sewing saturday! spring linen blouse, part one

sewing saturday - linen blouse, part one

Happy Easter! Hope you all are taking the slowest and easiest Sunday afternoon off right now. Neil and I spent the day with my parents - church in the morning and a lot of snacking on the porch before a late lunch of ham, mashed potatoes, and hummingbird cake made by my mom. Easter is the best.

And it's time for a warm weather sewing project. I realized the other day that my summer wardrobe is in need of a classic short sleeve collar blouse, so I set about making one in white linen from this Simplicity 3175 pattern, an old 1940s notion I bought a couple years back (when I bought the pattern to make the side-button bloomers in chambray). It's a simple pullover top with a pocket at the bust, bias tape trim at the neck, and optional button enclosure at the neck (which I opted out of).

What you need for this project.. 1 1/2 yards of fabric (for vintage size 14), matching thread, optional 3/8 inch button and loop, and matching bias tape or bias tape maker and a bit of extra fabric. Also - fabric weights (I use washers from the hardware store.. they're cheap and take less time than pins, also they don't hurt your pattern pieces), fabric marker, and iron.

sewing saturday - linen blouse, part one

I began by ironing out my pattern pieces and fabric. If you're using linen like me, you might want to refer to this site to recognize the right and wrong side of the fabric (it's hard to tell with linen).

I included the photo of the ironed-out pattern pieces to give anyone who isn't familiar with vintage sewing patterns a glimpse of an unprinted pattern, which can seem a little weird to those sewing with them for the first time. Pre-late 1940s sewing notions are generally unprinted, which means they have perforations and holes in place of writing and printed markings. They're really not that tough to figure out, since the directions will tell you what the perforations are for.. for instance, the three large holes on the two bodice pieces and the collar piece indicate that the marked side should be placed on the fold. You can also tell where darts should be sewed in by the dots. The instructions tell you to sew at a 1/2 inch seam allowance with this pattern (rather than the standard 5/8 inch), so markings aren't necessary with instructions.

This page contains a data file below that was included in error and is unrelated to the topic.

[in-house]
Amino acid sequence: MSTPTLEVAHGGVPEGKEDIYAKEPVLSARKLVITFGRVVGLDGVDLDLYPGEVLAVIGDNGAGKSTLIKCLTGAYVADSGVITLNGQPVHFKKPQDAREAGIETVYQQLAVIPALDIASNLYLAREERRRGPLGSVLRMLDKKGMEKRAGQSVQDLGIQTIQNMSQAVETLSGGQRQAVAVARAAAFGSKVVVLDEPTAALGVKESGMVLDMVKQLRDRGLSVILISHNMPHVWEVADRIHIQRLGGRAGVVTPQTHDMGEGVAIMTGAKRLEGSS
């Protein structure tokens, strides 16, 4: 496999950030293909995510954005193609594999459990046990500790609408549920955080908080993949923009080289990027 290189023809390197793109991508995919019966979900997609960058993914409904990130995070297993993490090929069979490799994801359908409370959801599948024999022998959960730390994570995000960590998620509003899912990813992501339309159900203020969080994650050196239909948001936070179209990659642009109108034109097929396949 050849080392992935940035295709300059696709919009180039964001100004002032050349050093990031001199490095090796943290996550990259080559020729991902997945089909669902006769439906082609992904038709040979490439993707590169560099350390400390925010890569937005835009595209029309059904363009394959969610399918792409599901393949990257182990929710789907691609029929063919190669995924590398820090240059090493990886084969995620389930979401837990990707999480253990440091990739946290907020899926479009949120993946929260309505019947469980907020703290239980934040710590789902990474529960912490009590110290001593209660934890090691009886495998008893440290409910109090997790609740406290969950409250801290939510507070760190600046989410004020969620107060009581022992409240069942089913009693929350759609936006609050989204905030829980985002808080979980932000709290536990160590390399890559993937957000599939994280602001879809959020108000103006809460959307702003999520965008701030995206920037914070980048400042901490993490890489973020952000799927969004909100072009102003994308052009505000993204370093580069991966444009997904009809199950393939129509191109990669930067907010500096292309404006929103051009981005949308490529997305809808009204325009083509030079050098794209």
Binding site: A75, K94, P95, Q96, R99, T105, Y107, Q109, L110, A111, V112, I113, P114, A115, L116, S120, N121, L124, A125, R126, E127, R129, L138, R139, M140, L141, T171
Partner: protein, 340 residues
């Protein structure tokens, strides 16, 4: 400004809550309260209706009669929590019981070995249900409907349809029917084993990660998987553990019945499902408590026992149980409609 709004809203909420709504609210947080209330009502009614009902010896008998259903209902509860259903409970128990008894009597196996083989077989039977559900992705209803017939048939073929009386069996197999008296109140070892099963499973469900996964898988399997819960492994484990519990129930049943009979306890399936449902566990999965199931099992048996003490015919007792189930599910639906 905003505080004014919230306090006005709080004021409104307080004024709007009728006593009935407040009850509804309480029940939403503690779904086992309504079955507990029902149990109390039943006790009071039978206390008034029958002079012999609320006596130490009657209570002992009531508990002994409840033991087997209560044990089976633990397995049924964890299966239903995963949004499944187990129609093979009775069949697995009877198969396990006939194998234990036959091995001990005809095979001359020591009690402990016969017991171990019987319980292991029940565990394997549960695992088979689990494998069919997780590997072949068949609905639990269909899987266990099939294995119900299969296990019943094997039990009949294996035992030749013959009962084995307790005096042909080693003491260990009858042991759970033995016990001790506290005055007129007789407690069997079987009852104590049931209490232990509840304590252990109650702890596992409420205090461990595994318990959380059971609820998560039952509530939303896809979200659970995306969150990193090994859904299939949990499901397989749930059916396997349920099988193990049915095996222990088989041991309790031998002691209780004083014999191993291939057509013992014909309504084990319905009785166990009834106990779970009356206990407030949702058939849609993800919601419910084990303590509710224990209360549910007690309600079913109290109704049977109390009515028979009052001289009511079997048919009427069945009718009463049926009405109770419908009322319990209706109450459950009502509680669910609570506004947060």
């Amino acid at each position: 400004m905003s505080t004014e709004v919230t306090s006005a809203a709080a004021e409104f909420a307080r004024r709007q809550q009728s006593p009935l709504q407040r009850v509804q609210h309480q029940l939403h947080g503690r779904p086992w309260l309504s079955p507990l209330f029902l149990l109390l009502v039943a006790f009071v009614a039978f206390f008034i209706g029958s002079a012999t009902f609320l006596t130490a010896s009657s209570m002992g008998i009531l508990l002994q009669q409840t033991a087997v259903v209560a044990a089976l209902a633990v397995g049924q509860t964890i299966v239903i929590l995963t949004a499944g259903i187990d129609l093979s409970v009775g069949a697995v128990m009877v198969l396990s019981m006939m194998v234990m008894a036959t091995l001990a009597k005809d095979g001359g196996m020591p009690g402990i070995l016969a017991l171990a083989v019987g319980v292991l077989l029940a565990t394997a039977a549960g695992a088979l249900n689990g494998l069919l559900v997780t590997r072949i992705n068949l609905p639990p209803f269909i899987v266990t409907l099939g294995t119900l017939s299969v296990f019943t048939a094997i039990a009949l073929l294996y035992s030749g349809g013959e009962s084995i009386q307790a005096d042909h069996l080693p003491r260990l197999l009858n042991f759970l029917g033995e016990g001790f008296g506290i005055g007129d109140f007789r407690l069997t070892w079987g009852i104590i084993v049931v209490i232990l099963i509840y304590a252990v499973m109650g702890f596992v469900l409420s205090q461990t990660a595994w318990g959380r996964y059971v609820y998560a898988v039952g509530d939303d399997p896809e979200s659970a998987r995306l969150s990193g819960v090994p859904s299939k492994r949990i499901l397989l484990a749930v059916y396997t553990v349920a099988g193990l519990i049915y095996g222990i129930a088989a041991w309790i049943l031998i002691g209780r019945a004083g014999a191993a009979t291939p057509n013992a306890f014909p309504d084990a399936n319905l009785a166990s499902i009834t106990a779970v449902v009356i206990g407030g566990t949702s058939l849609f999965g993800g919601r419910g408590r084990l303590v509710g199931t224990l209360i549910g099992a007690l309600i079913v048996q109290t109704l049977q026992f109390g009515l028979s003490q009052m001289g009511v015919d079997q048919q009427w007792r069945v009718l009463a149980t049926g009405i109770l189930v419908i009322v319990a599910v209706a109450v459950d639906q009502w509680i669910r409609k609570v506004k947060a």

First step once the pieces are cut out is to cut an opening in the center top of the front bodice piece, stopping where the small dot is located (about six inches).

Next, it's double fold bias tape time. I like making my own bias tape, which I learned from this handy tutorial from the Coletterie. When you make your own, you can make it from matching fabric so your garment looks consistent (which is awesome). You'll need bias tape to line the opening you just cut at the neck, so twice the length of the cut (so about 12 inches).

To begin, cut a square of fabric with selvage edge down (see here for a diagram on fabric edges). Measure the square of fabric diagonally to make sure it's longer than 12 inches. Pull the fabric diagonally - it should stretch (which means it's on the bias). Cut a one-inch strip diagonally and pull it on each end to make sure it stretches.


Now, run the fabric strip through the bias tape maker (I had a 1/2 inch bias tape maker which calls for a one inch-wide strip of fabric). I highly recommend using a Clover bias tape maker, found here. There is an opening at the bottom of the maker that allows you to feed the fabric through, which is really helpful. As you run the fabric through the maker, iron it as it comes out to keep the folds together.


Now you have single fold bias tape, 1/2 inch wide. To make it double fold, fold it hot dog style, open edges inward, and press it.


Now, sew the tape to the opening of the blouse, folding the tape edges over the opening edges.


That's it for this week.. next weekend, I'll finish the blouse by piecing it together - collar, sleeves, bodice, and small bust pocket.

Spring handmade collection coming tomorrow!